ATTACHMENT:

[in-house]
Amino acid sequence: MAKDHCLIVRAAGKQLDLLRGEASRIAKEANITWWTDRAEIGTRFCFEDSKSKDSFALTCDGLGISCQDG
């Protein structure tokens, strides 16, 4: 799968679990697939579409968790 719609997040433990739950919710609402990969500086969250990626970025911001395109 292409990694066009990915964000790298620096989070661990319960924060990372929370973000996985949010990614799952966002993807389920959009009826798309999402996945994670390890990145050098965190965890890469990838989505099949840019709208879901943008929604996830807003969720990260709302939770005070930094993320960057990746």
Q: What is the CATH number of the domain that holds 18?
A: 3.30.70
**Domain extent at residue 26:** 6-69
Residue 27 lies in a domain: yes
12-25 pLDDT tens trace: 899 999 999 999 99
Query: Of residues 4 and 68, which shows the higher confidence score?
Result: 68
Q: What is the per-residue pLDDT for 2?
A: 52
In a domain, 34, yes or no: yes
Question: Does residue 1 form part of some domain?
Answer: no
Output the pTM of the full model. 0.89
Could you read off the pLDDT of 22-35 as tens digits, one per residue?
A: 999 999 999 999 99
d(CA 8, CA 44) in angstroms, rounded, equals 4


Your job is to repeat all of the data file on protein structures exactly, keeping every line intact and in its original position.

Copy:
[in-house]
Amino acid sequence: MAKDHCLIVRAAGKQLDLLRGEASRIAKEANITWWTDRAEIGTRFCFEDSKSKDSFALTCDGLGISCQDG
């Protein structure tokens, strides 16, 4: 799968679990697939579409968790 719609997040433990739950919710609402990969500086969250990626970025911001395109 292409990694066009990915964000790298620096989070661990319960924060990372929370973000996985949010990614799952966002993807389920959009009826798309999402996945994670390890990145050098965190965890890469990838989505099949840019709208879901943008929604996830807003969720990260709302939770005070930094993320960057990746």
Q: What is the CATH number of the domain that holds 18?
A: 3.30.70
**Domain extent at residue 26:** 6-69
Residue 27 lies in a domain: yes
12-25 pLDDT tens trace: 899 999 999 999 99
Query: Of residues 4 and 68, which shows the higher confidence score?
Result: 68
Q: What is the per-residue pLDDT for 2?
A: 52
In a domain, 34, yes or no: yes
Question: Does residue 1 form part of some domain?
Answer: no
Output the pTM of the full model. 0.89
Could you read off the pLDDT of 22-35 as tens digits, one per residue?
A: 999 999 999 999 99
d(CA 8, CA 44) in angstroms, rounded, equals 4